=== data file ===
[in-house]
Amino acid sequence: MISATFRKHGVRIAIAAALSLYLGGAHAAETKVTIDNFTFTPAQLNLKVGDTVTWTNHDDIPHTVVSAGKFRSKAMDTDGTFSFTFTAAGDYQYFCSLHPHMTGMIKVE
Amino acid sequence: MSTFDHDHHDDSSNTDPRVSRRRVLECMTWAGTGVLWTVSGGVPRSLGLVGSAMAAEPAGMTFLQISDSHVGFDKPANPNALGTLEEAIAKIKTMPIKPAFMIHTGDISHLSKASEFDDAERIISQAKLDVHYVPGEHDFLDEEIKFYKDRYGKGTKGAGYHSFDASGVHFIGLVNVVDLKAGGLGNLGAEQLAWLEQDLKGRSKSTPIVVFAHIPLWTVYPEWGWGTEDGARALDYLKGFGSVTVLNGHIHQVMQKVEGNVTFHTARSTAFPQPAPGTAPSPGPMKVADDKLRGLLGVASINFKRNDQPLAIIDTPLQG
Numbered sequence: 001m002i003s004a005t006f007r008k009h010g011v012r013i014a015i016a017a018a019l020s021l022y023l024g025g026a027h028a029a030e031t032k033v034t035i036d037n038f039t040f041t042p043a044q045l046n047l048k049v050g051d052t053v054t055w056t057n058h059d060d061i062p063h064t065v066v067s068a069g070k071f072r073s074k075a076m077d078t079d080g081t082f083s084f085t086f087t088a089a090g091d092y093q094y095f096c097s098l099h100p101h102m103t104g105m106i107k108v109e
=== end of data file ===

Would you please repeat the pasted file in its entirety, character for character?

[in-house]
Amino acid sequence: MISATFRKHGVRIAIAAALSLYLGGAHAAETKVTIDNFTFTPAQLNLKVGDTVTWTNHDDIPHTVVSAGKFRSKAMDTDGTFSFTFTAAGDYQYFCSLHPHMTGMIKVE
Amino acid sequence: MSTFDHDHHDDSSNTDPRVSRRRVLECMTWAGTGVLWTVSGGVPRSLGLVGSAMAAEPAGMTFLQISDSHVGFDKPANPNALGTLEEAIAKIKTMPIKPAFMIHTGDISHLSKASEFDDAERIISQAKLDVHYVPGEHDFLDEEIKFYKDRYGKGTKGAGYHSFDASGVHFIGLVNVVDLKAGGLGNLGAEQLAWLEQDLKGRSKSTPIVVFAHIPLWTVYPEWGWGTEDGARALDYLKGFGSVTVLNGHIHQVMQKVEGNVTFHTARSTAFPQPAPGTAPSPGPMKVADDKLRGLLGVASINFKRNDQPLAIIDTPLQG
Numbered sequence: 001m002i003s004a005t006f007r008k009h010g011v012r013i014a015i016a017a018a019l020s021l022y023l024g025g026a027h028a029a030e031t032k033v034t035i036d037n038f039t040f041t042p043a044q045l046n047l048k049v050g051d052t053v054t055w056t057n058h059d060d061i062p063h064t065v066v067s068a069g070k071f072r073s074k075a076m077d078t079d080g081t082f083s084f085t086f087t088a089a090g091d092y093q094y095f096c097s098l099h100p101h102m103t104g105m106i107k108v109e